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Aishwarya Rai Bachchan in Guzaarish.
Aishwarya Rai Bachchan in Guzaarish.

International Indian Film Awards

All the Bollywood that's fit to print Add to ...

The Natalie Portman of Bollywood: Kareena Kapoor

Like her Hollywood counterpart, Kapoor does blockbusters with as much flair as more serious films - from a critically acclaimed role as the unknowing wife of a terrorist to this year's IIFA-nominated turn as a tomboy in the slapstick comedy Golmaal 3. Mind you, she faced fans' outrage when she dropped to a size zero (they like their leading ladies voluptuous). Kapoor also regularly features in the gossip rags for her romance with Bollywood actor Saif Ali Khan. She's part of a Bollywood dynasty; he's actually the prince of a royal house of India.

The Randy Newman of Bollywood: A. R. Rahman

Hollywood discovered him with his hit, Jai Ho!, in Slumdog Millionaire. But Indian fans are generally surprised that Rahman went mainstream for music that's not considered to be his best work. His more lauded pieces includes tracks in Bollywood hits Bombay, Rang de Basanti and Roja.

The Christopher Plummer of Bollywood: Amitabh Bachchan

Like his Canadian counterpart, the Big B is a thespian with a true versatility (and a deep, resonant voice) that has earned him legend status. The 68-year-old popularized the angry-young-man role when he first started in Bollywood in the seventies but has gone on to work with every big-name Bollywood director, in roles from rom-com lead to traditional patriarch to underworld don. Like Plummer, Bachchan has also played King Lear.

The Hugh Jackman of Bollywood: Hrithik Roshan

The 37-year-old's good looks and family-man image haven't hurt his heartthrob status. But his great dance moves could also give the Tony-winning Jackman a run for his money. Roshan's also known for his range: He has played a suave villain, a soldier and a 15th-century Indian king. Like Jackman, he's also done a turn as a superhero.

The Tim Burton of India: Sanjay Leela Bhansali

Disturbing and funny, fantastical but strangely resonant, Bhansali's stylized films fill the quirk niche in Bollywood.

BOLLYWOOD NORTH

Tum Bin (2001) A romantic drama set in Calgary, the film garnered high praise for its soundtrack.

Bollywood/Hollywood (2002) A lighthearted poke at Bollywood's song-and-dance routines, it's directed by Deepa Mehta and stars Toronto actress Lisa Ray. Shot - and set - in Toronto.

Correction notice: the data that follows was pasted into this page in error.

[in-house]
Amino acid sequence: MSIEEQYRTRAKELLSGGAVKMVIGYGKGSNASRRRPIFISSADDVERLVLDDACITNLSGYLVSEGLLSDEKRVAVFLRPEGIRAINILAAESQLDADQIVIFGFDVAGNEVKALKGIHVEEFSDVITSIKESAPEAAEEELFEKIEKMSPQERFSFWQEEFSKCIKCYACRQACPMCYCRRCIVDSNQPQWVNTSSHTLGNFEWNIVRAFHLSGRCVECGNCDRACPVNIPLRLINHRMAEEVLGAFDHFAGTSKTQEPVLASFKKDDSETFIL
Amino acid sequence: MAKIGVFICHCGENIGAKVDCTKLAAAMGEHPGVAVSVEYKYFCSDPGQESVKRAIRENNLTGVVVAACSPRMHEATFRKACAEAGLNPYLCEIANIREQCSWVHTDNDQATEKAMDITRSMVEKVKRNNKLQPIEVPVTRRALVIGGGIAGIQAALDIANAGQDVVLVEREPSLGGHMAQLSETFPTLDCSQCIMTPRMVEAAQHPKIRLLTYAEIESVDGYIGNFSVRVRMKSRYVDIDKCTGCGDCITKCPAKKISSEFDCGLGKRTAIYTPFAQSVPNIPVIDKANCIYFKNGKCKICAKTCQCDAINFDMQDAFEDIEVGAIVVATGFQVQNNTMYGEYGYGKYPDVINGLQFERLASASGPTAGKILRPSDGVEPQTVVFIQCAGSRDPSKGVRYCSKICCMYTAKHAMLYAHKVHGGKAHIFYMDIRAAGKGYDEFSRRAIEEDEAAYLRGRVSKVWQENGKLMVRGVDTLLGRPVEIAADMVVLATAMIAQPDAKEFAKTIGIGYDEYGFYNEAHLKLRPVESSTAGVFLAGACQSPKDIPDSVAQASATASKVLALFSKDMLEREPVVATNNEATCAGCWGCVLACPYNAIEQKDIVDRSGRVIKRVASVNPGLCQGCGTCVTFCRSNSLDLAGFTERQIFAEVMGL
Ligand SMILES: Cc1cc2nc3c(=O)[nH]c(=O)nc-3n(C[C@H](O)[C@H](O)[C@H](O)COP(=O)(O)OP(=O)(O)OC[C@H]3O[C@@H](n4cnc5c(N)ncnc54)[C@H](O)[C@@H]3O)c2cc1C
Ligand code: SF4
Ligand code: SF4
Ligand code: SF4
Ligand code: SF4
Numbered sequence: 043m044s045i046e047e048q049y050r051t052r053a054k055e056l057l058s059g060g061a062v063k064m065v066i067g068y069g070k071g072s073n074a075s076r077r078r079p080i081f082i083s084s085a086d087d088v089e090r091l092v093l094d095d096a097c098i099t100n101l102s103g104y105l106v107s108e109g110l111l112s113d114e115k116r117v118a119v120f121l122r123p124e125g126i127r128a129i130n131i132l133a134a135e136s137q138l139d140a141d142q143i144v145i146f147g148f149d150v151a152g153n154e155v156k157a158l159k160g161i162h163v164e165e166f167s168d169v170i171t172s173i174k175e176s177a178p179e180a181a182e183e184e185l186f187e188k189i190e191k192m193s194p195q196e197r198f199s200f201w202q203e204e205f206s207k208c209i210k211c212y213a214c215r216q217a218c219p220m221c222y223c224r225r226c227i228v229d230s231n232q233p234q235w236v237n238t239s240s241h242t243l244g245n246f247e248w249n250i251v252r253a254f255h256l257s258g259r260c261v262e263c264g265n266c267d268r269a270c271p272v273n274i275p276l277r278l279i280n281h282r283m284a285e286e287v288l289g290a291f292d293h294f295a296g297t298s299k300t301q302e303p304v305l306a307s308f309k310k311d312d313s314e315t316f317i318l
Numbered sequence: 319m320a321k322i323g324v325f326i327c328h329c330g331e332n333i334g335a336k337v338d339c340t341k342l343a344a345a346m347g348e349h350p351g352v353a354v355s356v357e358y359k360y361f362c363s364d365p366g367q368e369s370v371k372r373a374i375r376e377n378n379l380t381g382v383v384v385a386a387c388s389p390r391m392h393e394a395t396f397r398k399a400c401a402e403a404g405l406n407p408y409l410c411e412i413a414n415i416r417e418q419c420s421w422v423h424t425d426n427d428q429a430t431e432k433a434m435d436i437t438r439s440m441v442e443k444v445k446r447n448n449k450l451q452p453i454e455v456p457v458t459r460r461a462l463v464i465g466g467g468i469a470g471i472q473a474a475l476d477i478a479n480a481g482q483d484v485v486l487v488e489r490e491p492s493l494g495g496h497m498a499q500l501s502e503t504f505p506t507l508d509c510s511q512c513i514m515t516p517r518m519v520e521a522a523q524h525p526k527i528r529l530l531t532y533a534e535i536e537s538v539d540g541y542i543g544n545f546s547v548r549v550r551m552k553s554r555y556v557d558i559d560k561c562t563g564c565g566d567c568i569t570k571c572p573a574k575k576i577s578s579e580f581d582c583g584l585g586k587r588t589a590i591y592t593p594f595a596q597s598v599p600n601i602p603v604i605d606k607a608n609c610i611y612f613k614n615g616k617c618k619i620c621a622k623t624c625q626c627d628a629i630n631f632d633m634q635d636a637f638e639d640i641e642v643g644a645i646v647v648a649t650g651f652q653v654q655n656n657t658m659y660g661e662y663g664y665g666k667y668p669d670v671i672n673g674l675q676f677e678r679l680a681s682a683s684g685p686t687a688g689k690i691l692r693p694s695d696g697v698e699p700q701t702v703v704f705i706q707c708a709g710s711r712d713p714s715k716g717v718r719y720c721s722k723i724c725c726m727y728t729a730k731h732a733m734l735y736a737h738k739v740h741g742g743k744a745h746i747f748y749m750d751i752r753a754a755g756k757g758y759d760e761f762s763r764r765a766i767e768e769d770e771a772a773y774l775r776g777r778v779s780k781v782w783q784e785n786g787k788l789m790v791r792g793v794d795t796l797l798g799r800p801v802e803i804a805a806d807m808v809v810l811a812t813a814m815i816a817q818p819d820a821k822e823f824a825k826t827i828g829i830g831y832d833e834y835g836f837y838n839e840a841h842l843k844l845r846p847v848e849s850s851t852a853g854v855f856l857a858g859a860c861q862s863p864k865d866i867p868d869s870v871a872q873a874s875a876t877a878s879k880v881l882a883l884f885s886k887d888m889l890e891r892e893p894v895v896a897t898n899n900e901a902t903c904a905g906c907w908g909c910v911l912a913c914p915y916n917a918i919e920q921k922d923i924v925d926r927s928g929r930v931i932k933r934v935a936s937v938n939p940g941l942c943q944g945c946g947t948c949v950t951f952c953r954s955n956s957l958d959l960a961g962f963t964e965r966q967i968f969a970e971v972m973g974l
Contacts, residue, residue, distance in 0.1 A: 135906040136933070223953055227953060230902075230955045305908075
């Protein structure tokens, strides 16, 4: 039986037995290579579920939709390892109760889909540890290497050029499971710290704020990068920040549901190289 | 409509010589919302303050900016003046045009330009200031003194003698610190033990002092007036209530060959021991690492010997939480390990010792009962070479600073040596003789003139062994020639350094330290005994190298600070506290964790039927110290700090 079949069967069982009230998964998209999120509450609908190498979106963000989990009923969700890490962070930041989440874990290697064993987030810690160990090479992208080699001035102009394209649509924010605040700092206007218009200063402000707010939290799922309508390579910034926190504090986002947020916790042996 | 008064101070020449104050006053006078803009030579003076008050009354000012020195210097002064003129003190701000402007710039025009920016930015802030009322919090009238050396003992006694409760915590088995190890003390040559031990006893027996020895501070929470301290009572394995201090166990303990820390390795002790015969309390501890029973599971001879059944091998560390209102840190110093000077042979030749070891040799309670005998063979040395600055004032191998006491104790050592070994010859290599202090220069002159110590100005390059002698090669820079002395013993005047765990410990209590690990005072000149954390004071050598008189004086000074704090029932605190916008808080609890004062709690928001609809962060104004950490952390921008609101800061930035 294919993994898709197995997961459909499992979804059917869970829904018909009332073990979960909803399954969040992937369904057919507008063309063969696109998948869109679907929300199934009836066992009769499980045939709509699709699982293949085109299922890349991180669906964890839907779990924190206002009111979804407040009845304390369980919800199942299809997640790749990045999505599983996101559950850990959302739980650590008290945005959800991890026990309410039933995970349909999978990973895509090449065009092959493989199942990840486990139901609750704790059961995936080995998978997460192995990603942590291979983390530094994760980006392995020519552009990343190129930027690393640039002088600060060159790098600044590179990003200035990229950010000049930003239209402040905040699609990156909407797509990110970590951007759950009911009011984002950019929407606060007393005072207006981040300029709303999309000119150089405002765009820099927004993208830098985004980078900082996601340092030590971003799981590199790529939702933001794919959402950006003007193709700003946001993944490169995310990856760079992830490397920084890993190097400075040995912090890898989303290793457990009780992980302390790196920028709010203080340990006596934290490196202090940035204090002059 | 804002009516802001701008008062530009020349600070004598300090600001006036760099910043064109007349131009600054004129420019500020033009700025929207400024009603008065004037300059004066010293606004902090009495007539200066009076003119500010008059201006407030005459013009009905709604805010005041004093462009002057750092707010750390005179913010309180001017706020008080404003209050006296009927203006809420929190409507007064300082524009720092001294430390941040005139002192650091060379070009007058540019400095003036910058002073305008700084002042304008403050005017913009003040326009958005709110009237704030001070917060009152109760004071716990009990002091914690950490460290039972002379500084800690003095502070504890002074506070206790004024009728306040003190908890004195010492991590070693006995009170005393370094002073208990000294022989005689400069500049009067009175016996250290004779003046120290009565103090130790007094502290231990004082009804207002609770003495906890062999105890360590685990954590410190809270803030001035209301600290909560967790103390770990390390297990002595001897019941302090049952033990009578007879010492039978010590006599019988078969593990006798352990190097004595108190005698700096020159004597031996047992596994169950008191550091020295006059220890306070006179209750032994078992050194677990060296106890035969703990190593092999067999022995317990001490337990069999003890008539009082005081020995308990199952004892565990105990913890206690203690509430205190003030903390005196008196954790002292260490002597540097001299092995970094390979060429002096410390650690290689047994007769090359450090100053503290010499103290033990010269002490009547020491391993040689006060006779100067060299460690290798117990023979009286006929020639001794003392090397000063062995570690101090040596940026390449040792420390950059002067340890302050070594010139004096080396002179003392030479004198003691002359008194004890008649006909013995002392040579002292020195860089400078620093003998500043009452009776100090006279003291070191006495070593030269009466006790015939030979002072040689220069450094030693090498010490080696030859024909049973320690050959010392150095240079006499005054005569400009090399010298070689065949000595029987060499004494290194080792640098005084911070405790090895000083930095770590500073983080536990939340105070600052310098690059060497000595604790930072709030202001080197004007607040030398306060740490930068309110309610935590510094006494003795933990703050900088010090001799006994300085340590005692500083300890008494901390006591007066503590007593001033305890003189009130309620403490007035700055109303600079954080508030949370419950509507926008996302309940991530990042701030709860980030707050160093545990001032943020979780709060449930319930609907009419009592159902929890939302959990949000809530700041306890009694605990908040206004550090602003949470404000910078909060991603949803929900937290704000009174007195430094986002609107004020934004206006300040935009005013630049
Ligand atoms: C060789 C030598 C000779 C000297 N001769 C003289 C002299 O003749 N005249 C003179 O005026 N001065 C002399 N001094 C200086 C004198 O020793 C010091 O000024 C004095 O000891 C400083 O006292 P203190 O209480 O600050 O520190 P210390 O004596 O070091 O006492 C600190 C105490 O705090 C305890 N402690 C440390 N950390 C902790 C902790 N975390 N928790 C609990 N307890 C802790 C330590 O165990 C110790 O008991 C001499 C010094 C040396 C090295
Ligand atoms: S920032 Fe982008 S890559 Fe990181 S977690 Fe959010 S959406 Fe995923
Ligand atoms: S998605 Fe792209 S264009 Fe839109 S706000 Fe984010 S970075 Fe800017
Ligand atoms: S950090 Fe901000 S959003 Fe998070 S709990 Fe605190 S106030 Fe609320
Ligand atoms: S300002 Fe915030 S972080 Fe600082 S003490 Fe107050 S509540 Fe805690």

Kal Ho Naa Ho (2003) In this romantic flick, starring Shah Rukh Khan, Preity Zinta and Saif Ali Khan, Toronto stands in for New York.

Neal 'n' Nikki (2005) A fluffy romantic comedy about Indian immigrants in Canada. Shot in Vancouver and Whistler.

Apne (2007) Another Toronto-as-New York production, starring Dharmendra, his sons Sunny and Bobby Deol, as well as Shilpa Shetty of Big Brother fame, and Katrina Kaif.

Thank You (2011) Starring Askay Kumar, Sonam Kapoor and Irrfan Khan, this film - about philandering and soon-to-be-reformed husbands - features several Ontario landmarks, including Toronto's Flatiron Building and the Air Canada Centre, as well as Niagara Falls.

Breakaway (coming soon) Canadian comic Russell Peters stars in this cross-cultural drama about hockey-mad Indian immigrants in Toronto's suburbs. (Bollywood's Akshay Kumar has a cameo.)

INTERNATIONAL INDIAN FILM AWARDS: THE BUZZ CONTENDERS (AND CELEBS)

Best film The front runner this year is Bollywood's take on the western, Dabangg, which has set Bollywood box-office records. With bad boy Salman Khan in the lead role, the film (whose title translates as Fearless) delivers plenty of swagger, snark and, as Indians say "ishtyle."

Best director If critics had their way, Vikramaditya Motwane would win for his sensitive film Udaan ( Flight), which explores an abusive parent-child relationship. More likely, though, the prize will go to Karan Johar for My Name is Khan, about Muslims in post-9/11 America.

Best actor Judging from other Bollywood film awards, such as Zee Cine and Filmfare, this category will be a close call between Hrithik Roshan for Guzaarish (as a paraplegic magician who yearns to be euthanized) and Shah Rukh Khan for My Name is Khan (he plays an autistic Muslim).

Best actress Another toughie: Vidya Balan sizzled as the conniving heroine in the thriller Ishqiya, but Aishwarya Rai Bachchan has also won accolades for her performance as a paraplegic's caretaker in Guzaarish.

Best oddball tribute Bollywood "playback" singer Sonu Nigam is teaming up with Jermaine Jackson for a bow to the King of Pop. Nigam, who credits Michael Jackson as an influence on his song Deewana Dil in the Bollywood film Pardes, created a tribute song for the pop star after his untimely death. That song, which also incorporated fan tributes, eventually wound up on the tribute album The Beat of Our Hearts. The nod to Michael Jackson will be part of the IIFA Rocks event on June 24.

Best paparazzi opp He's called King Khan for a reason, and die-hard fans will do anything to get a glimpse of this megastar. Shah Rukh Khan has starred in some of the biggest rom-coms of Bollywood, including Kuch Kuch Hota Hai and Dilwale Dulhani Le Jayenge. So far, even the freshest-faced new stars haven't been able to nudge his status as Bollywood's favourite leading man.

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